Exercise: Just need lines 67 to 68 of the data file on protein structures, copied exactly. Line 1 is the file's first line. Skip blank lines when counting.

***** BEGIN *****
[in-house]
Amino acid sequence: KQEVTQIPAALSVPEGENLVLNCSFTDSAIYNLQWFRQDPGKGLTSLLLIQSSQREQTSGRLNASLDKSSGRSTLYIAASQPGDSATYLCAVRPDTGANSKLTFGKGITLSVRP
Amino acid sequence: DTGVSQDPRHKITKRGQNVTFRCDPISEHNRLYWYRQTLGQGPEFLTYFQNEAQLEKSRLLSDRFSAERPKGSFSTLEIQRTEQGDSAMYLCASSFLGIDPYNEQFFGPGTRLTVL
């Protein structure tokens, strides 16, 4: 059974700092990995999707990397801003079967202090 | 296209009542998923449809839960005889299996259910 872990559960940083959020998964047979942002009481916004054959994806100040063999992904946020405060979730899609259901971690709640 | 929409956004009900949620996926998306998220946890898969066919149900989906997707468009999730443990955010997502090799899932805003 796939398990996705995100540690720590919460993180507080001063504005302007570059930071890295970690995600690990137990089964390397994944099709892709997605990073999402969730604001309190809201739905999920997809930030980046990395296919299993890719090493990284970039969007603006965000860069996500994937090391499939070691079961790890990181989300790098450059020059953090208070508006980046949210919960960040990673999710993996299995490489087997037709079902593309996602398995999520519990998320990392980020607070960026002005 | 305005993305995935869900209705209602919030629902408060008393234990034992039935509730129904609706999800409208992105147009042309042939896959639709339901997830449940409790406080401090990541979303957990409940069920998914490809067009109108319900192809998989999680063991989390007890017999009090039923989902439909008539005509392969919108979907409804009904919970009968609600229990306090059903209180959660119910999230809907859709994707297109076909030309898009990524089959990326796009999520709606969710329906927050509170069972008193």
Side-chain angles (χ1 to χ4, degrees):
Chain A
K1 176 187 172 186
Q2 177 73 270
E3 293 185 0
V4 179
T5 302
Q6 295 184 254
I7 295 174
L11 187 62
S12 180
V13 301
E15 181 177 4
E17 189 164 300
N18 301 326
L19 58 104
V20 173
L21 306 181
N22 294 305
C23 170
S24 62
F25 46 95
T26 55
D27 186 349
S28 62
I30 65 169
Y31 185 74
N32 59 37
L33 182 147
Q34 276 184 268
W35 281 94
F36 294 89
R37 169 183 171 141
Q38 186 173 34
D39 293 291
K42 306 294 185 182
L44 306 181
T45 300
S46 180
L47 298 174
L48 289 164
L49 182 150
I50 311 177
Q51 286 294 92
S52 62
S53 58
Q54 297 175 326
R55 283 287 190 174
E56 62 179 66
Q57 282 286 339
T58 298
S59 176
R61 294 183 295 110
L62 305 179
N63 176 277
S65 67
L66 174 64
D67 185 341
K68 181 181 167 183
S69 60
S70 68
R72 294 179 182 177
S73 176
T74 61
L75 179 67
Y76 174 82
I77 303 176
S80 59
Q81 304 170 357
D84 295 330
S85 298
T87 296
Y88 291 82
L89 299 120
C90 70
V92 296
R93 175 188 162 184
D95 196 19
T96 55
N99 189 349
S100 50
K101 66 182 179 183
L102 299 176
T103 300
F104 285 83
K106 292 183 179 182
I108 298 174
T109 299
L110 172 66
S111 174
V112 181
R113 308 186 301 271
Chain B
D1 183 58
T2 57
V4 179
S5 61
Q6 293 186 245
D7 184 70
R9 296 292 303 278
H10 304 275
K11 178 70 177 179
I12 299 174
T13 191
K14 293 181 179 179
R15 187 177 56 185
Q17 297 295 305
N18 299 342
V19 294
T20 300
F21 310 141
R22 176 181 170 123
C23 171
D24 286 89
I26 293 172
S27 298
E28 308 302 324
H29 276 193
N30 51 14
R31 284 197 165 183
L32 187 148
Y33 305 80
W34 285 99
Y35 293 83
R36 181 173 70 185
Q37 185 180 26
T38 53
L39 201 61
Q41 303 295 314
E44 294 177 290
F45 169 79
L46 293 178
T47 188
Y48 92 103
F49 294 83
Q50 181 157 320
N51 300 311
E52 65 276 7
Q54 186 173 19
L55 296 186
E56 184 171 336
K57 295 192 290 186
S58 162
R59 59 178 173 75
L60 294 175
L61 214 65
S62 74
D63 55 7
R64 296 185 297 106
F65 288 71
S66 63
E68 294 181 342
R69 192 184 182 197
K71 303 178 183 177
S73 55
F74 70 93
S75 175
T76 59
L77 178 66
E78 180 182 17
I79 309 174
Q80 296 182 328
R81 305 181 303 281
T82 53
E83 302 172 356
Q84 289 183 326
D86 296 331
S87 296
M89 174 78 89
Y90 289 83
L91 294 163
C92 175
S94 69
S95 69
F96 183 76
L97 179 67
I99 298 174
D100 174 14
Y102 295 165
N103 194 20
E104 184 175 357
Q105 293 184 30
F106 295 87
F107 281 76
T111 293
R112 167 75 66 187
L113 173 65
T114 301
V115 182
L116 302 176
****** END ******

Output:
S73 176
T74 61